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Accuracy and Precision in Chemistry

04th May 2019 @ 5 min read

Basic Chemistry

In measurements and sampling, the two terms accuracy and precision are very important to understand. We often use these words interchangeably in regular conversation, but they bear different meaning here. Accuracy refers to the closeness between the measured value and actual value of a quantity. While precision indicates closeness among the measured values of a quantity. Accuracy indicates how much the measured value agrees with actual value, and precision indicates how close the measured values agree among themselves. The results which are easily reproducible have good precision. Accuracy and precision are best explained by darts throwing game.

Accuracy vs Precision
Accuracy vs Precision (Darts throwing game)

When darts are landed on the dartboard away from the target point, we say it has low accuracy. But when they are closed to the target point, we say it has high accuracy. If darts are closed to each other, then it is high precision. Similarly, when they are spread out, it is low precision. In the above figure, the four possible conditions are illustrated.

  1. When darts are closed to each other as well as to the target point, it is high precision and high accuracy. This is the desired condition. Chemists always try to get results with great precision and accuracy.
  2. In 2nd condition, all the darts are closed to each other but away from the target. Such a condition has low accuracy and high precision. In chemistry labs, such condition arises when there is an error in measuring system itself, for example, weighing machine is not properly calibrated. Defect in a measuring instrument always results in poor accuracy. It is an undesirable condition.
  3. When darts are closed enough to the target but not among themselves, the condition is high accuracy with low precision. This is also an undesirable result. In laboratories, when an experimenter lacks knowledge of the experiment or he/she is not conducting the experiment in a procedural manner, such errors emerge.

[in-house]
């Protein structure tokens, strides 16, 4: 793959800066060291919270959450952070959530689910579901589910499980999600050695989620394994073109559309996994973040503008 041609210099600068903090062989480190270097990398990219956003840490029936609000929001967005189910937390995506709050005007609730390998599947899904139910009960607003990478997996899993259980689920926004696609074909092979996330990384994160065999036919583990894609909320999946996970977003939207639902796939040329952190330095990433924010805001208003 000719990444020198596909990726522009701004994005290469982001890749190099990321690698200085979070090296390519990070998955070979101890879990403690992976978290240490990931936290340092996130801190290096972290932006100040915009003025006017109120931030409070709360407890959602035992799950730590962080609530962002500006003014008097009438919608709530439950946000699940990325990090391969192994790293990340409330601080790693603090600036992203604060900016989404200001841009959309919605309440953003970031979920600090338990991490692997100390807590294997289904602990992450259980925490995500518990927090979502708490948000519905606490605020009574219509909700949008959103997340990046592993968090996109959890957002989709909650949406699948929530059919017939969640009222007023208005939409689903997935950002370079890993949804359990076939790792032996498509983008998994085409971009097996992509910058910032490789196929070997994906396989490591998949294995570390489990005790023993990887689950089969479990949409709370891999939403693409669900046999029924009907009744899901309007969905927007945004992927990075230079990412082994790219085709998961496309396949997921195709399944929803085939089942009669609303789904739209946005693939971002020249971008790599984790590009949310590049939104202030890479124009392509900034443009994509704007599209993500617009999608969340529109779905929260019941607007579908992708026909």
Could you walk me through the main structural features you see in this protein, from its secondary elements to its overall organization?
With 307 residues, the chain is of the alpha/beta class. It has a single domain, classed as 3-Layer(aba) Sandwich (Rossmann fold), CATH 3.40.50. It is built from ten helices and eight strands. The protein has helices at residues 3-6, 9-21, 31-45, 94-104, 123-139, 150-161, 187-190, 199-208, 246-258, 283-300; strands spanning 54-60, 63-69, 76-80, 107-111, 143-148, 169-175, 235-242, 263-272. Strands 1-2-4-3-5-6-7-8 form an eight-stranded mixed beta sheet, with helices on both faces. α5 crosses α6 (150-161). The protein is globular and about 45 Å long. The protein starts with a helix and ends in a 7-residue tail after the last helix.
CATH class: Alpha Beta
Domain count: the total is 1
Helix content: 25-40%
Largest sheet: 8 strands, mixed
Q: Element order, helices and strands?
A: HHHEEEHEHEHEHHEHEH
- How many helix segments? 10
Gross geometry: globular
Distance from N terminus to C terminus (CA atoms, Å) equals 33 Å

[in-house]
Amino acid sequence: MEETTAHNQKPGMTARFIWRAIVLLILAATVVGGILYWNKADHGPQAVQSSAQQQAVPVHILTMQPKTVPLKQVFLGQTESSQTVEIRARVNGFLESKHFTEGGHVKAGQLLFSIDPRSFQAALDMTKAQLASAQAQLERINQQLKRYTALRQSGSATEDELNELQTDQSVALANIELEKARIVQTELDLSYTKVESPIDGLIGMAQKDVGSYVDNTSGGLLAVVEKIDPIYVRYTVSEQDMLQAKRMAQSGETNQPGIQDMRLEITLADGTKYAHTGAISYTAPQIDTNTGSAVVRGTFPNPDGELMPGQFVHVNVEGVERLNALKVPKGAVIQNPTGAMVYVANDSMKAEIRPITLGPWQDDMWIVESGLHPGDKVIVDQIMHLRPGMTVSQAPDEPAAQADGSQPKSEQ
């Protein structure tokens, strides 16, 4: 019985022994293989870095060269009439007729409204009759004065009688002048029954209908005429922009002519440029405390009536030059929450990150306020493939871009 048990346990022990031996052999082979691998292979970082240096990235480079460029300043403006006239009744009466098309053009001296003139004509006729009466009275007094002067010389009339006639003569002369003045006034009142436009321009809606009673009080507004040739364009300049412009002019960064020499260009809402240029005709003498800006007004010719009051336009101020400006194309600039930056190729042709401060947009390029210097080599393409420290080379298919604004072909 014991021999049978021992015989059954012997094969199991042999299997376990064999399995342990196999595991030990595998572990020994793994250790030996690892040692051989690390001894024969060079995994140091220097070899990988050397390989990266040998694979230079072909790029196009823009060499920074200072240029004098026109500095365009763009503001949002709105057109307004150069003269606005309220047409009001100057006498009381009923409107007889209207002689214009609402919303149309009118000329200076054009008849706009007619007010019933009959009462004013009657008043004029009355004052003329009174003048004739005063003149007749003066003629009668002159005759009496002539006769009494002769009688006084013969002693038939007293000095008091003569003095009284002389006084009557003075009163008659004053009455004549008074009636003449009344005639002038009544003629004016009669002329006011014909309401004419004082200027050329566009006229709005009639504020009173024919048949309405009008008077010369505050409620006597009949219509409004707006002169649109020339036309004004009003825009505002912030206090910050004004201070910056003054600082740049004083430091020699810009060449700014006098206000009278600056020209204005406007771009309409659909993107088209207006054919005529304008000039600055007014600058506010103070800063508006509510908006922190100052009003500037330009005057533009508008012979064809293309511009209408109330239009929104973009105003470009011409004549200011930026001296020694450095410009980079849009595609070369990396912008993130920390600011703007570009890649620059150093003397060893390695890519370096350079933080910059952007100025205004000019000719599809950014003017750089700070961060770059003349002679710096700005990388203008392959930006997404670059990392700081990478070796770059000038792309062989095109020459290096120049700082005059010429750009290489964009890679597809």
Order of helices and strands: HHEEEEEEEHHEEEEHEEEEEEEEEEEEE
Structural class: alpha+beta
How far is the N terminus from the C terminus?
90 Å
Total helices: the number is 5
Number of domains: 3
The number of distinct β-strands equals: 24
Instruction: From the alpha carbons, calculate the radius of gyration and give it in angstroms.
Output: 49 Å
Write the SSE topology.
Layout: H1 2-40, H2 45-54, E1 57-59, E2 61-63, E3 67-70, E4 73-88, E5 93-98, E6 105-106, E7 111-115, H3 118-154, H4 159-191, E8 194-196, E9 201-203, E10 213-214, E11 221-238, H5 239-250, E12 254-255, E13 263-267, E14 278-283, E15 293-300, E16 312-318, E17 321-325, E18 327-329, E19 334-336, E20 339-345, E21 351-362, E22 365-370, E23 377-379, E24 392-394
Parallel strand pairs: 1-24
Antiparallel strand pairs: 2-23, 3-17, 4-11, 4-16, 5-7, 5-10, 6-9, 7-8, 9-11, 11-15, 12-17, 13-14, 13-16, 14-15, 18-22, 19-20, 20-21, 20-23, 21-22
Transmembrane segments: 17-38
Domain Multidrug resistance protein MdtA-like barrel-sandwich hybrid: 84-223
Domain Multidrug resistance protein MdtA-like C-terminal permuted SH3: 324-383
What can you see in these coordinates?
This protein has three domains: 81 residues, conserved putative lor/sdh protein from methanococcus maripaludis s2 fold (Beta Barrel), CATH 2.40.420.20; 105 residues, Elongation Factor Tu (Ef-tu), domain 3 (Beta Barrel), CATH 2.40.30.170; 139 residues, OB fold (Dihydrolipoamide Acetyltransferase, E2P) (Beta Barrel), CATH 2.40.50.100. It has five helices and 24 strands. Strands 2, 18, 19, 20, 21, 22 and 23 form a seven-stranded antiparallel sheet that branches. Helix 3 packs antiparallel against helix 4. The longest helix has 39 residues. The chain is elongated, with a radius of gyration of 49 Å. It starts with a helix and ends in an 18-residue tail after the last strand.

4. In the last condition, there is neither accuracy nor precision. This is because all the darts are spread-out away from each other and from the target point. This is a highly unacceptable condition.

In laboratories, the regular calibration of instrumentations is necessary to maintain the accuracy and precision of measurements.

Consider an experiment involving measuring the mass of copper sulphate whose actual weight is 2.000 g. Student A measures the mass of the salt thrice on weighing machine, he gets values 2.013 g, 2.023 g and 2.002 g. The same measurements are repeated by student B, student C, and student D on different weighing machines. All the readings are reported in the table below.

Accuracy vs Precision (experimental data)
StudentReading 1Reading 2Reading 3Comments
A2.0132.0232.002High accuracy, high precision
B1.9011.9021.910Low accuracy, high precision
C1.9901.9852.015High accuracy, low precision
D1.8001.9212.203Low accuracy, low precision

From the above table, we can conclude that student A has performed the experiment correctly and precisely. For student B, it might be the weighing machine is not properly calibrated. Student C is not following proper steps while taking the reading like not using vented balance safety enclosures. Finally, student D is the worst case of all the above.

Weighing machine
Weighing machine with vented safety balance enclosure
[Image source: Public domain]

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